Back in 2016, Overwatch revolutionized multiplayer team-based shooters by having a colorful cast of misfits along with intuitive gameplay. Players everywhere gravitated to their favorite heroes and everyone from the damage-dealing Reaper to the lifesaving Mercy had the chance to shine in every match of Overwatch. However, Overwatch wasn’t just a simple flash in the pan for the summer of 2016, this game was a certified phenomenon that slowly revealed interesting lore along with ultra-produced cinematics and comics that bolstered the lore.
Not only that, but the fandom helped secure Overwatch as the most popular game in the world for a time. Sadly this couldn’t last forever and the original game’s popularity slowly diminished over time. But with Overwatch 2 just on the horizon, here are the five changes that Blizzard needs to make to ensure that the sequel can exprience sucess in today’s market.
Justify Overwatch 2’s Existence
Since the reveal of Overwatch 2, many players have felt that Blizzard was using this new game as a smokescreen to distract from other controversies that the company continues to face. Many players felt that a game like Overwatch did not need a sequel but more content along with tweaks to the game’s overall balance and flow. When you consider the fact that early previews of Overwatch 2 did not demonstrate a huge graphical improvement or apparent innovations to the gameplay, many players viewed this announcement as a simple cash grab.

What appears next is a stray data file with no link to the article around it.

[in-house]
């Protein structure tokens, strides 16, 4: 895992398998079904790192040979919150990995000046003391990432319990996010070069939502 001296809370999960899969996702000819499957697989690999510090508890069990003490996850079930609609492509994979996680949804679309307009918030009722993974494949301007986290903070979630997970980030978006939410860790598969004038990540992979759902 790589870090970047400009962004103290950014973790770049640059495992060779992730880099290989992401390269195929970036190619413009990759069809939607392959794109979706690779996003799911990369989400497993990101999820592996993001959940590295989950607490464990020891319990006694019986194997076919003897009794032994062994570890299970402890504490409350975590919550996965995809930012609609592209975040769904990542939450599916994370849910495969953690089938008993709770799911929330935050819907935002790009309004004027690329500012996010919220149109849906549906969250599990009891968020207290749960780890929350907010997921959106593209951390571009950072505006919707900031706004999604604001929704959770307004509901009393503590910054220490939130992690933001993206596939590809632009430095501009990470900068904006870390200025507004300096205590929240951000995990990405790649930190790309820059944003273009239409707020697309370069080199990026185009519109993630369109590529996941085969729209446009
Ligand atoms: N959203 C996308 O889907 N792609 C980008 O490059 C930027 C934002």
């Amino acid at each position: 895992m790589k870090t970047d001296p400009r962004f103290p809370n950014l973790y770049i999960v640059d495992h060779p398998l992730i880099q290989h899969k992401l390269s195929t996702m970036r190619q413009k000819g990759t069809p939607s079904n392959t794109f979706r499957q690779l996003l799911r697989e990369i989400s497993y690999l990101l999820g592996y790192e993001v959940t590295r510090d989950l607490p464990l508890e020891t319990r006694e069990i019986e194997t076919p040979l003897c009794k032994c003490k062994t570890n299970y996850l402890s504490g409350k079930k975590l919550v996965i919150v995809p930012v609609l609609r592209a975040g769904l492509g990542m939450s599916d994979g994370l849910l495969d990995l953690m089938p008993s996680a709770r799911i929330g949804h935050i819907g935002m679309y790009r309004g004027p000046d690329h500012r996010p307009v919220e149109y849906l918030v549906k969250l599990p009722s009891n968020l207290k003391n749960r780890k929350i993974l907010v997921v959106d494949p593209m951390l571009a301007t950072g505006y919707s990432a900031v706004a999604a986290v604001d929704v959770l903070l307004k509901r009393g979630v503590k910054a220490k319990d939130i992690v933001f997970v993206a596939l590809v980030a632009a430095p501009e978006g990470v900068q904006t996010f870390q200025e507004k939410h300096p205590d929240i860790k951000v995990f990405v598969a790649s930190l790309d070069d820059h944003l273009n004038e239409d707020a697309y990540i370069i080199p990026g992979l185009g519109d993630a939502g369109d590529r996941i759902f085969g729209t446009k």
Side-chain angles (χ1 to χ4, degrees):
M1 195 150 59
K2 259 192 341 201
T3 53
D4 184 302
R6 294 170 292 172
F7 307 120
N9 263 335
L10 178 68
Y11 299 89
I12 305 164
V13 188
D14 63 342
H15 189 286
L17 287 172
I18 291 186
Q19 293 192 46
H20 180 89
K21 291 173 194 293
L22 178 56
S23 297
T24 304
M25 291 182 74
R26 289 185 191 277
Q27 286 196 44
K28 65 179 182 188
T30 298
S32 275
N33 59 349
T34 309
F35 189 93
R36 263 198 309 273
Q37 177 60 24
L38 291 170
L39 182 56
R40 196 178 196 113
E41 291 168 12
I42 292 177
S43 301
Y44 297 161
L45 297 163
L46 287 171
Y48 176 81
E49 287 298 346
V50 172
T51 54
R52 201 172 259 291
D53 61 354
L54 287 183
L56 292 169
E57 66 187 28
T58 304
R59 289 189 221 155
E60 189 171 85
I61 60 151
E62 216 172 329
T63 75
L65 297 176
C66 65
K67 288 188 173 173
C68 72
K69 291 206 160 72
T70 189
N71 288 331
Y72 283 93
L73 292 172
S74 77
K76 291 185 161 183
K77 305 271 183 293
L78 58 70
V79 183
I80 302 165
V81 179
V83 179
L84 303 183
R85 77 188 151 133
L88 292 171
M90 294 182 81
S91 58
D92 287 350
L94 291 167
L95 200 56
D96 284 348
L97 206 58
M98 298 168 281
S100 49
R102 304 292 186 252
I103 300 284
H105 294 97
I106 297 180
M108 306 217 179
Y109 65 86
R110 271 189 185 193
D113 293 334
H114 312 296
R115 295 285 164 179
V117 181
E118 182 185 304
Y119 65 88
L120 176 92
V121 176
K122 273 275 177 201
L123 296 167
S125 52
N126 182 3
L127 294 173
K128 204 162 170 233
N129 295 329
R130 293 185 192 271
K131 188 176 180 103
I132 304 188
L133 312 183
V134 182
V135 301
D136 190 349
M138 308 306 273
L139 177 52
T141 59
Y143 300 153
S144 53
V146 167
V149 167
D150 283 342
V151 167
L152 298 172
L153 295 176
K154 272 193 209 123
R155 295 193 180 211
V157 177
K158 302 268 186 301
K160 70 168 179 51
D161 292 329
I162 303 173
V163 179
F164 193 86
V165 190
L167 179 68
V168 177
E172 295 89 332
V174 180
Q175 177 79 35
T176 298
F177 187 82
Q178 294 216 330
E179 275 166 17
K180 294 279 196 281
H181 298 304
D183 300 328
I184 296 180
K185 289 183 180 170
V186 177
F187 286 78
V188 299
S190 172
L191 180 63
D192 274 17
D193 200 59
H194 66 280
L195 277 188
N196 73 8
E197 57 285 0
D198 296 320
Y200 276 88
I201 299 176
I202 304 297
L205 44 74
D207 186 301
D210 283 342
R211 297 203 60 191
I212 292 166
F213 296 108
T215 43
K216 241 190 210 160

Even with Overwatch 2 launching within two months at the time of this writing, many players continue to feel confusion along with resentment towards the upcoming launch of Overwatch 2. In comparison, the launch of the original Overwatch consumed the gaming zeitgeist before release and afterward for many months and even a few years after its release. Overwatch 2 needs to communicate why this game should replace the original beloved title instead of just being an oversized patch for the original.
Focus on Fun Above Everything
Generally speaking, the launch period of the original Overwatch focused more on fun than character balance. Players could stack multiple versions of the same character and it was the wild west in terms of balance. This devil may care attitude expended into ranked play for a time and certain team combinations were toxic by nature. Was the original launch period fair and balanced at the time? No, but it sure was extremely fun and experimental. There was an energy surrounding the game where players were willing to try a variety of team combinations in the name of fun.
However, everything changed when professional players developed winning combinations for tournaments. Now, this happens with nearly every competitive game in history but when Blizzard started catering to this small portion of their fan base, the original Overwatch 2 lost a certain charm. Players were ostracized for not sticking to desired metas and the player base gained a reputation of being extremely toxic.
With Overwatch 2, Blizzard should encourage player experimentation more while balancing the game in a way that feels fair but does not restrict player expression. Of course, this is easier said than done but Blizzard didn’t gain the reputation of being trendsetters for nothing.
Keep The Updates Coming
After year two of the original Overwatch, players began to notice that Blizzard started to recycle updates. The Summer, Halloween, and Christmas would feature new skins for sure but nothing exciting would change besides the menu and map themes associated with each yearly update. When games like Fortnite were making sweeping changes with major updates every few months, it’s easy to see why certain players got tired of the original Overwatch’s update cycle.